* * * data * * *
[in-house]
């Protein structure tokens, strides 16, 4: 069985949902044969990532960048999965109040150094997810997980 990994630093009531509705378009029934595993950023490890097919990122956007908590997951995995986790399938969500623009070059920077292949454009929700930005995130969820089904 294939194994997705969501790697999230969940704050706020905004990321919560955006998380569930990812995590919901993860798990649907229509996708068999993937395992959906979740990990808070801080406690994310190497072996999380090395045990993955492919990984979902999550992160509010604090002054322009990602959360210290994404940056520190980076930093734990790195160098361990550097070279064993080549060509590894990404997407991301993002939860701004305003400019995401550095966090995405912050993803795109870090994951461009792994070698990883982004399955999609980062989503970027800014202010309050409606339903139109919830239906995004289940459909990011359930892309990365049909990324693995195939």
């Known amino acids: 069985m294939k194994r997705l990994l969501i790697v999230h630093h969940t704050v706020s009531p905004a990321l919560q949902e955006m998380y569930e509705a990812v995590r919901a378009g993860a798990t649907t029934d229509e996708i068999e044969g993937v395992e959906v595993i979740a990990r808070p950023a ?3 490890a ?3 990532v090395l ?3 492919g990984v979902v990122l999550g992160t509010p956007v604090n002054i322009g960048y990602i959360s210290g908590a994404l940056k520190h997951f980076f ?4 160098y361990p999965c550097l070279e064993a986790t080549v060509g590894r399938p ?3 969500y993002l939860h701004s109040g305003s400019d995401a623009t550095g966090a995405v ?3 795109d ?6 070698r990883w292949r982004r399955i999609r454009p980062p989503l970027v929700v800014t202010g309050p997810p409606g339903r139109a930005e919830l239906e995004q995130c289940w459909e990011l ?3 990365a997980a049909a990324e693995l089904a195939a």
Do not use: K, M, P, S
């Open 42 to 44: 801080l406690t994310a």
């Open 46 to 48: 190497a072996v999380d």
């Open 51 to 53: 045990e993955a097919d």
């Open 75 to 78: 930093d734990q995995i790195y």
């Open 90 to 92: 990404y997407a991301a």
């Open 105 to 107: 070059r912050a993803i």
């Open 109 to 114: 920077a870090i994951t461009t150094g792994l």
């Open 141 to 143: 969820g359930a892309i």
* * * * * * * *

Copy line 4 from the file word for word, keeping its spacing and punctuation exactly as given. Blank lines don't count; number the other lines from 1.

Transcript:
Do not use: K, M, P, S